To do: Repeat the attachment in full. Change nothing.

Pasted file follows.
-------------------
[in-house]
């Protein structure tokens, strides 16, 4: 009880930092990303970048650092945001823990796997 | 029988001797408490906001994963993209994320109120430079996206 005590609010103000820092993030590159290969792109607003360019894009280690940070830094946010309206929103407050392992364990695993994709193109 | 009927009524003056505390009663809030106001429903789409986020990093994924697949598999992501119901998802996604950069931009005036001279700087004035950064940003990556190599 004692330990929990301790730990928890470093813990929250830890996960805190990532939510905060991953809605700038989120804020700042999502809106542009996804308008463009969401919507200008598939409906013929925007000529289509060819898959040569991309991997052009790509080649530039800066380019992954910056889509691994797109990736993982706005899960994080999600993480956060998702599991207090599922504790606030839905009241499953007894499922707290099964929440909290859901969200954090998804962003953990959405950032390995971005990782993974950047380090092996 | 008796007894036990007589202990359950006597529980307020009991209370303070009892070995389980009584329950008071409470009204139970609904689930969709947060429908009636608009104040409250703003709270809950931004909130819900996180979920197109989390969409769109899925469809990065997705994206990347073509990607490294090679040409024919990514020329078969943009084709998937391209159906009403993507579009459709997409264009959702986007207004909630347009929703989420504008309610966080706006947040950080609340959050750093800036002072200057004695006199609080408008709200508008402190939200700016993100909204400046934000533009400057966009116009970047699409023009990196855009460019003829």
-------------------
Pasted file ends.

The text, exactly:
[in-house]
């Protein structure tokens, strides 16, 4: 009880930092990303970048650092945001823990796997 | 029988001797408490906001994963993209994320109120430079996206 005590609010103000820092993030590159290969792109607003360019894009280690940070830094946010309206929103407050392992364990695993994709193109 | 009927009524003056505390009663809030106001429903789409986020990093994924697949598999992501119901998802996604950069931009005036001279700087004035950064940003990556190599 004692330990929990301790730990928890470093813990929250830890996960805190990532939510905060991953809605700038989120804020700042999502809106542009996804308008463009969401919507200008598939409906013929925007000529289509060819898959040569991309991997052009790509080649530039800066380019992954910056889509691994797109990736993982706005899960994080999600993480956060998702599991207090599922504790606030839905009241499953007894499922707290099964929440909290859901969200954090998804962003953990959405950032390995971005990782993974950047380090092996 | 008796007894036990007589202990359950006597529980307020009991209370303070009892070995389980009584329950008071409470009204139970609904689930969709947060429908009636608009104040409250703003709270809950931004909130819900996180979920197109989390969409769109899925469809990065997705994206990347073509990607490294090679040409024919990514020329078969943009084709998937391209159906009403993507579009459709997409264009959702986007207004909630347009929703989420504008309610966080706006947040950080609340959050750093800036002072200057004695006199609080408008709200508008402190939200700016993100909204400046934000533009400057966009116009970047699409023009990196855009460019003829």